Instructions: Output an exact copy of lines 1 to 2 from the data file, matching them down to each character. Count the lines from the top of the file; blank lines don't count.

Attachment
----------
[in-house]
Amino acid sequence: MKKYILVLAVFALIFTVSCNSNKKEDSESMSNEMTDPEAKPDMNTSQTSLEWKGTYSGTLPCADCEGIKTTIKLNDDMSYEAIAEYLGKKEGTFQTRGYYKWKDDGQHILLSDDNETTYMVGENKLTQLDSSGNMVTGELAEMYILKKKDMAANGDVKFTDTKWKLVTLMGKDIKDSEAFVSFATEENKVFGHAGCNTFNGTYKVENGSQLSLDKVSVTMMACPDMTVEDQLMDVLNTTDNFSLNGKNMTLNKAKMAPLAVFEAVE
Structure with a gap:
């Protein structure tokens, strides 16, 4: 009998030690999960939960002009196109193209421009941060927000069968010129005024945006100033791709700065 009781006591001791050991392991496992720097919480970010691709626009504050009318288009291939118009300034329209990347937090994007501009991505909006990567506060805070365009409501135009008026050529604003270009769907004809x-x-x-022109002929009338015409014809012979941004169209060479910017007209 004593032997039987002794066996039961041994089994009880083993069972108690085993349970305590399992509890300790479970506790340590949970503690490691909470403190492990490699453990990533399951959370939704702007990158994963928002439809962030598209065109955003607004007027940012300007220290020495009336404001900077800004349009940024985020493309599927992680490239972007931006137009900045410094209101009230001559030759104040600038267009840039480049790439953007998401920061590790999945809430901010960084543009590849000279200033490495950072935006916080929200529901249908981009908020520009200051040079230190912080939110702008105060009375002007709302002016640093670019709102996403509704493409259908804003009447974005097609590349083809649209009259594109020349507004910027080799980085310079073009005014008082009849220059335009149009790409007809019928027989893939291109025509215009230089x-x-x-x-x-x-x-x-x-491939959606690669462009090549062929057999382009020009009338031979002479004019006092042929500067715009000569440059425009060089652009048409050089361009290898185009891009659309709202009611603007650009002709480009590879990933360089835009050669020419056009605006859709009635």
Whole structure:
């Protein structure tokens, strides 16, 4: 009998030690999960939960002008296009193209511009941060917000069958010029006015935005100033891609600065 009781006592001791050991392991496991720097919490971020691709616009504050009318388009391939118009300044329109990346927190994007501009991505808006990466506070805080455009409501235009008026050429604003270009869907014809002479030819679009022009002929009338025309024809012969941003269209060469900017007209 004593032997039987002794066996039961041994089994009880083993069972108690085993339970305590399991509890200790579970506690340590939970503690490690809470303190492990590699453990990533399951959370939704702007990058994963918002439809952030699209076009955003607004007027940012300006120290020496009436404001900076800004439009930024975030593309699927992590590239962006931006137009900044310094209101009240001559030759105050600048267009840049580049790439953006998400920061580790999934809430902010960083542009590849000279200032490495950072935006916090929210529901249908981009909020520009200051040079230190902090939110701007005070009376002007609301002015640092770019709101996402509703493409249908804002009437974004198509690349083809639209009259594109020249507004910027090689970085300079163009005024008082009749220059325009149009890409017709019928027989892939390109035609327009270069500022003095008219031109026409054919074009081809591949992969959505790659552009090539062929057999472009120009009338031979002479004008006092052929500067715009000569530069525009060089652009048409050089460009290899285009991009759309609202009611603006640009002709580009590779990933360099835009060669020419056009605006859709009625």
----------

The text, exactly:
[in-house]
Amino acid sequence: MKKYILVLAVFALIFTVSCNSNKKEDSESMSNEMTDPEAKPDMNTSQTSLEWKGTYSGTLPCADCEGIKTTIKLNDDMSYEAIAEYLGKKEGTFQTRGYYKWKDDGQHILLSDDNETTYMVGENKLTQLDSSGNMVTGELAEMYILKKKDMAANGDVKFTDTKWKLVTLMGKDIKDSEAFVSFATEENKVFGHAGCNTFNGTYKVENGSQLSLDKVSVTMMACPDMTVEDQLMDVLNTTDNFSLNGKNMTLNKAKMAPLAVFEAVE